As I mentioned in my post on Ash Wednesday, the early church had a word that was synonymous with salvation, theosis. One writer explains it this way, “Theosis is the process by which a persons essential being is permeated and filled with the presence of God. Theosis is a biblical idea. When St. Paul talked about being ‘in Christ,’ or Christ being ‘in me’ he meant it literally. That’s how his words were understood by people who lived in his world and spoke his language, the ones who were his original audience.” To the early followers of Jesus, the idea of theosis and salvation were synonymous.

“In repentance and rest is your salvation, in quietness and trust is your strength, but you would have none of it.” Is 30:15

As we look at Isaiah’s word again with the consideration of salvation as a process more than a decision, Isaiah’s words seems to make a little more sense. “In repentance and rest is your salvation.” As I read that with an interpretation of salvation as theosis, I can see a little more clearly how repentance and rest help aid in ongoing salvation. As I read the Isaiah passage with more of a current American understanding of salvation, I would see it reading more like this… Repentance and rest lead a person to a one-time decision to follow Jesus. I don’t really see how repentance which is a process (we will dive into that in upcoming weeks)  and learning to rest, which is a process, pinnacle with a one-time decision.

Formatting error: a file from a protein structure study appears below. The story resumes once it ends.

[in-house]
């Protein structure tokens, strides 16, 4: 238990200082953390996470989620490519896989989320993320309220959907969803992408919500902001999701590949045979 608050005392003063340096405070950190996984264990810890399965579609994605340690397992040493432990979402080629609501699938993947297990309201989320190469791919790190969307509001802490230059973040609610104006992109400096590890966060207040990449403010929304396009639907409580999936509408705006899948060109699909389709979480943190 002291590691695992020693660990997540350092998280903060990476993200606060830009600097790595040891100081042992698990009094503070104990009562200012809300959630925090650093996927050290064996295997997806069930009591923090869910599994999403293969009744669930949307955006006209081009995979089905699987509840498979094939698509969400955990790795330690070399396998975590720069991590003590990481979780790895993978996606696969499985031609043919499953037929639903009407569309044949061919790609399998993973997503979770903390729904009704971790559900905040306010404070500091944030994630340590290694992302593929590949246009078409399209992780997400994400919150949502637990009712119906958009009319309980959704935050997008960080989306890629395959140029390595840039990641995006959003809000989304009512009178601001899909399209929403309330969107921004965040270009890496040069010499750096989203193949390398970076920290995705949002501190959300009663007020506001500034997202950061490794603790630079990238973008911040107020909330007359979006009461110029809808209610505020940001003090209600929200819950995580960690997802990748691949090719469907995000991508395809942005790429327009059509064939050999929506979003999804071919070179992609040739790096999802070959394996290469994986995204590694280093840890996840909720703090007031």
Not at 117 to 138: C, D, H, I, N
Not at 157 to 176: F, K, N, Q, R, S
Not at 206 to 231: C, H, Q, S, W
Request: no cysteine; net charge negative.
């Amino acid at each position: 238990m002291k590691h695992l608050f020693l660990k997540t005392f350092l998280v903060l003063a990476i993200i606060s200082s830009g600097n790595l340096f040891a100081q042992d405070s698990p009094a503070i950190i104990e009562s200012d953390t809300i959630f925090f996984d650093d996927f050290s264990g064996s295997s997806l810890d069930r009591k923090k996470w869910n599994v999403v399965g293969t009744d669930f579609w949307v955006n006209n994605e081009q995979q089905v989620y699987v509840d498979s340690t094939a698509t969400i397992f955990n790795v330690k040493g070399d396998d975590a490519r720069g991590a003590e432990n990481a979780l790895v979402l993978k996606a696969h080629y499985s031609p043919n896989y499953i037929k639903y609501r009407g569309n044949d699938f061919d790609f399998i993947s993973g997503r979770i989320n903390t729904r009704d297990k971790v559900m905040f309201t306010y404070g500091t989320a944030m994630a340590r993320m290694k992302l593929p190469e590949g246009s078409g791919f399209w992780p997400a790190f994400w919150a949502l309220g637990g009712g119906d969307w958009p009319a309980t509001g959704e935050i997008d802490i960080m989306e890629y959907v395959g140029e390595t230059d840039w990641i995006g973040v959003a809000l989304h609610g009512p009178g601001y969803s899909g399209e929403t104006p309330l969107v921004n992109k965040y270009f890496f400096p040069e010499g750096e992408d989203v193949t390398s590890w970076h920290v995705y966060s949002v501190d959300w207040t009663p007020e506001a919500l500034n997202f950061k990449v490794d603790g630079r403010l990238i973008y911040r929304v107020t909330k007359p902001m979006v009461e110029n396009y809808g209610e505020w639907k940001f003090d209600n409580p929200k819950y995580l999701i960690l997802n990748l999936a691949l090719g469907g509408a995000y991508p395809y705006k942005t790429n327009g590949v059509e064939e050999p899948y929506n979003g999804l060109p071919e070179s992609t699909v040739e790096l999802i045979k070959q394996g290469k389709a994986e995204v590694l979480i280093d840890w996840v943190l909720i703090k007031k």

I could be way off here, but the prophet Isaiah appears to be writing about how repentance and rest are catalysts to surrendering one’s life to God on a day-to-day basis, rather than trying to get someone to make a certain decision that equates to “salvation.” We’ll keep exploring this together as we make our way through Lent.

Ash Wednesday: True R and R

I mentioned Monday that I am exploring the themes of repentance and rest during Lent this year. I’m calling it True R and R. Traditionally, “R and R” is understood as rest and relaxation. While those are good, and I attempt to practice both often, it seems an important “R” is missing. I believe it is the most important “R”, and is integral to actually being able to rest and relax.

The prophet Isaiah says this about repentance and rest,

“This is what the Sovereign LORD, the Holy One of Israel, says: ‘In repentance and rest is your salvation, in quietness and trust is your strength, but you would have none of it.'”      (Is 30:15)

Before we dig deeper into what Isaiah might be getting at when he mentions repentance and rest, what do you suppose he means by salvation? If we consider a common definition of salvation Isaiah’s words don’t make a lot of sense. The word salvation tends to bring about an idea in our mind of Jesus dying on the cross paying a debt for our sins. Salvation is then understood as a person accepting that Jesus did this act for him or her. Salvation or “getting saved” is a one-time decision by a person to accept what Jesus has done.

This is not the understanding of salvation of the Early Church. They instead viewed salvation as being restored to the image and likeness of God. It was an ongoing process that lasted throughout a persons life. The early followers of Jesus preferred the word theosis when they talked about salvation. We will look at that more later this week.